The new European Regulation on deforestation has raised much criticism within the productive sector in Brazil. The main comments regard its unilateralism and the overlapping of national legislations – arguments that could spawn contestation to the World Trade Organization (WTO). Such contestation generates insecurity and it delays decisions that need to be taken in Brazil, while producers from other countries gain the upper hand. Therefore, it is necessary to thoroughly understand the Regulation, its mechanisms, and the opportunities that arise from it.
Importing companies are already taking measures to adapt to the new European guidelines. From now on, more transparent supply chains with lower risk of deforestation will become more attractive. As a consequence, producers who manage to adapt quickly will increase their competitiveness considerably. This disproportionately impacts smallholders, who have less financial, strategic, and communicative capacity for this type of transformation.
The document – provisionally agreed between the Parliament and the European Council in December 2022 – states that actions to support producers, especially the small ones, to comply with the new requirements may be included as risk mitigation measures by importing companies. However, the text is unclear on how this support can be applied in practice. In addition, the document addresses the need for European countries to cooperate with the producing ones – especially those categorized as high-risk for deforestation and human rights violations – with the aim to jointly address the causes and support the transition to a risk-free production.
In this context, it’s important that these support and cooperation initiatives translate into concrete and accessible resources for rural producers. At the same time, it will be crucial to understand how producers can be placed in a position of active agents in the Regulation’s implementation, in order to ensure that such support measures are operative.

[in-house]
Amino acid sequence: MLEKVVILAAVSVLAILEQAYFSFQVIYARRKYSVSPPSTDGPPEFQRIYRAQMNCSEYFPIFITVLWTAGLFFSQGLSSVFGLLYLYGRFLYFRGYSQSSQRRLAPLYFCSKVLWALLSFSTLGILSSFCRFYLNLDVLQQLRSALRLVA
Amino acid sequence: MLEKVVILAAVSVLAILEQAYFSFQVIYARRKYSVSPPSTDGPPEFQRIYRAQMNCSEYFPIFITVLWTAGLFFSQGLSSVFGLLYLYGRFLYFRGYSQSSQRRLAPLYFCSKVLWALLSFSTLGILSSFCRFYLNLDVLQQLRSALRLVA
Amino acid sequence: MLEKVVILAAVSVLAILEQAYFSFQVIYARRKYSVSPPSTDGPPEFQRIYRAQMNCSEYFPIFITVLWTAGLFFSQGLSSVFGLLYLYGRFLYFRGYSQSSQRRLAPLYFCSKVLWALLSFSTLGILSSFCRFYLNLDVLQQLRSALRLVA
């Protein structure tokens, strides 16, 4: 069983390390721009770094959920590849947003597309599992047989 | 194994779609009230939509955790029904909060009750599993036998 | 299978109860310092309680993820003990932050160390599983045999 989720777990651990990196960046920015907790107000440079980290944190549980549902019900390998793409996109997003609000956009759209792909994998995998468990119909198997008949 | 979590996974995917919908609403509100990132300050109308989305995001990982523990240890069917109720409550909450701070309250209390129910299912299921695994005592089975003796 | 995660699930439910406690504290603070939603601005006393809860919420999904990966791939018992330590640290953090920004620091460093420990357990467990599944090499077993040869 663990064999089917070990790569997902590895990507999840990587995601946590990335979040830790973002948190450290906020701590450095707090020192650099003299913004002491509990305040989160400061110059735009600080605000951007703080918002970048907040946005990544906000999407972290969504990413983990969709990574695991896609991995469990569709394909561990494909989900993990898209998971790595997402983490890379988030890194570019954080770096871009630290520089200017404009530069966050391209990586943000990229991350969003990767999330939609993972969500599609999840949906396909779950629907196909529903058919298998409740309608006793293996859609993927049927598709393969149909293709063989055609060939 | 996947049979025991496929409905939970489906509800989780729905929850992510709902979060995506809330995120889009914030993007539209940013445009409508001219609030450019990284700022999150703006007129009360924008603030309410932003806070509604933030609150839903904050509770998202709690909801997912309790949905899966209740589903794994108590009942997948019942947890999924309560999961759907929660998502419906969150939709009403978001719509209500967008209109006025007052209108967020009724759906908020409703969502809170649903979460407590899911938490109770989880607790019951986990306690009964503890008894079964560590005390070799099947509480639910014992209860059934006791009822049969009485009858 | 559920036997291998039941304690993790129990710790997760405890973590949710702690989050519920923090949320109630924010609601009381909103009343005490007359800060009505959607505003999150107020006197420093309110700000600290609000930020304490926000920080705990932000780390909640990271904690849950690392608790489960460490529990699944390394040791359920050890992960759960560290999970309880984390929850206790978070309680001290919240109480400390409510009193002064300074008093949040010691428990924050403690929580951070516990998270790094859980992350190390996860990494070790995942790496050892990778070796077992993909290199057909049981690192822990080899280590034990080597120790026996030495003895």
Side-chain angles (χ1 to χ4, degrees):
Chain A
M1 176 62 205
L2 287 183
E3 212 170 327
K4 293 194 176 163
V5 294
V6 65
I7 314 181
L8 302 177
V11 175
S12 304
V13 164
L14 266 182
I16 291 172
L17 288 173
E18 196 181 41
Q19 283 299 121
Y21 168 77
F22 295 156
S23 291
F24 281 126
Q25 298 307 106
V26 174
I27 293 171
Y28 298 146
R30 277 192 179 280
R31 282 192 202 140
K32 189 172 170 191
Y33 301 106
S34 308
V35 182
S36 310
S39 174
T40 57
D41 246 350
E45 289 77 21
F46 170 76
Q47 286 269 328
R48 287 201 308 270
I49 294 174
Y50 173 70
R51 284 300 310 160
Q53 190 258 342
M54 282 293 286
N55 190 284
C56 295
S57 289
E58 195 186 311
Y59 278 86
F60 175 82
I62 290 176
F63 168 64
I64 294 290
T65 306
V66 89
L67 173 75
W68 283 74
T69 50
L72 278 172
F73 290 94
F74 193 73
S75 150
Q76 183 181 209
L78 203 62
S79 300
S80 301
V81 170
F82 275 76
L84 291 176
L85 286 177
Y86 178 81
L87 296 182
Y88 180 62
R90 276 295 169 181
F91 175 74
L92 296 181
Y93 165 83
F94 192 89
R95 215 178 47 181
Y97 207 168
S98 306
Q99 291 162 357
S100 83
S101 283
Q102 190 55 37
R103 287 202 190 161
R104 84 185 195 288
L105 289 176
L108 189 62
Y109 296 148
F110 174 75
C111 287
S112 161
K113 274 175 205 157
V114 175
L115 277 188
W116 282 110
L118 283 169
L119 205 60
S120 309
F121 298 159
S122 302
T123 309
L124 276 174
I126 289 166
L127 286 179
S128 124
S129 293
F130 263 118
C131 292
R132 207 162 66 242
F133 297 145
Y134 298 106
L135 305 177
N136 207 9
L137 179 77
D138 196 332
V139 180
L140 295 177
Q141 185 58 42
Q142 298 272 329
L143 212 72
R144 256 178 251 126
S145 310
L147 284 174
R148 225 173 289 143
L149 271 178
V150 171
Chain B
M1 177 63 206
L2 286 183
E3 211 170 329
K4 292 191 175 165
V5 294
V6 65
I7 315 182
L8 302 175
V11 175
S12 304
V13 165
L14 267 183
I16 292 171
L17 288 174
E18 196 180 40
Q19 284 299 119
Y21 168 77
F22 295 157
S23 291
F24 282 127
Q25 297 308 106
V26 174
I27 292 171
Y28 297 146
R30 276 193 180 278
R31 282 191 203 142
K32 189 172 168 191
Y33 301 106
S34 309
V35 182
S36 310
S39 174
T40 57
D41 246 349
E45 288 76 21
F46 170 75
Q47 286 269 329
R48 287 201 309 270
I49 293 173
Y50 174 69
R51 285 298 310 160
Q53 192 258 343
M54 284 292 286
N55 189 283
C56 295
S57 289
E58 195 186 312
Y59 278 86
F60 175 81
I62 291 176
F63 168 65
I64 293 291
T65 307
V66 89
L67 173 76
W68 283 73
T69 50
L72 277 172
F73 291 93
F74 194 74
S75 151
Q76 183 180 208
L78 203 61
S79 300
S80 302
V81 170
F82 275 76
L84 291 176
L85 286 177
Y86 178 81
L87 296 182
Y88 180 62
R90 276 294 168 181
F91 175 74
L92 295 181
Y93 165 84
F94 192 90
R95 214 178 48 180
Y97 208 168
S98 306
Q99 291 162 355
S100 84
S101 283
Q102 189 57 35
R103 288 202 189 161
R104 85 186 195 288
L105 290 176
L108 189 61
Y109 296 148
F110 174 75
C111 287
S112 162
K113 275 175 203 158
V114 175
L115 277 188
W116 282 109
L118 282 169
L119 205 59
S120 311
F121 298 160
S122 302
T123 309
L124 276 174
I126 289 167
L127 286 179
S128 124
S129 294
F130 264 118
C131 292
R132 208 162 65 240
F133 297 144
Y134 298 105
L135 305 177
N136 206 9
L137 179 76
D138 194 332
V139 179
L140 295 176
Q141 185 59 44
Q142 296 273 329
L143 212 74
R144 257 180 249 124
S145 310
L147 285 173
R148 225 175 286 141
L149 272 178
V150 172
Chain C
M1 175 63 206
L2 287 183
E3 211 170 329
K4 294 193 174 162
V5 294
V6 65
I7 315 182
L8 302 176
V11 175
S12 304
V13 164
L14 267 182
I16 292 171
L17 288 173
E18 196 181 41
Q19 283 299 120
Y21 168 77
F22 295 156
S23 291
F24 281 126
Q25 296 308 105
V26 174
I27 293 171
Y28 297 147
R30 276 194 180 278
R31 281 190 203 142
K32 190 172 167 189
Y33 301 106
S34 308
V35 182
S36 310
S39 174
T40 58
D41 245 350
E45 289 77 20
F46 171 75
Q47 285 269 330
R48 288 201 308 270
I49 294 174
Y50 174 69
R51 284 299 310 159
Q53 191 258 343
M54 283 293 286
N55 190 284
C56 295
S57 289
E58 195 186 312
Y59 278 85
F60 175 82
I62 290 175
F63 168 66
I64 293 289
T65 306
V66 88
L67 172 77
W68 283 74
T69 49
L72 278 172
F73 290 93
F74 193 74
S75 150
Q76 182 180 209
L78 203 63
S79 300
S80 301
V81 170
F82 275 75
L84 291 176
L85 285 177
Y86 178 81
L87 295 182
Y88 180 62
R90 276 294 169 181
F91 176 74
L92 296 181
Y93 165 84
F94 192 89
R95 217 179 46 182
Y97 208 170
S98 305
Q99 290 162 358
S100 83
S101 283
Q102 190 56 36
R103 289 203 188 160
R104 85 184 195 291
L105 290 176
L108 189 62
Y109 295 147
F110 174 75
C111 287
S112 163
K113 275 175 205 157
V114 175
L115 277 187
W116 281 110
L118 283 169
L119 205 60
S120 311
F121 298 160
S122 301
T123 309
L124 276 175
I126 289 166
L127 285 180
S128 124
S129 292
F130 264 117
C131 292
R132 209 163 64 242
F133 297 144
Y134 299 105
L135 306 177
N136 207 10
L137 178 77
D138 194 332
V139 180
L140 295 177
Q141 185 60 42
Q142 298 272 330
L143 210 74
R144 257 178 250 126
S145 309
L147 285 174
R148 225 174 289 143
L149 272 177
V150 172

Apart from the new legislation, companies that import commodities with high risk of deforestation and human rights violations are under constant pressure from society and the market to mitigate these risks. In its recently published annual report, the international organization Global Canopy analyses the social and environmental commitments made by companies considered to have the greatest impact on tropical deforestation. The document reveals that 241 companies out of the 350 analysed have zero deforestation policies including at least one of the commodities used in their production chain. Of these 241, 30% have such policies for all the commodities they use.
Today, there are several projects and initiatives to facilitate the implementation of the legislation, connecting the production branch of non-European countries with specialized companies like Etifor to assist in this transition. For instance, Etifor was recently involved in the Al-Invest Verde program – financed by the EU – to support the forestry sector in Paraguay in finding new strategies to sustainably value their forest resources.
Finally, to gain competitiveness, the Brazilian agricultural sector must organize itself collectively and institute transparency and traceability mechanisms as soon as possible. In the meantime, the sector needs to understand how to seize the opportunities of partnerships provided for in the Regulation. The current moment, preceding the law’s entry into force, is indeed a pivot point for Brazilian agribusiness in order to not lag behind in the race for zero deforestation.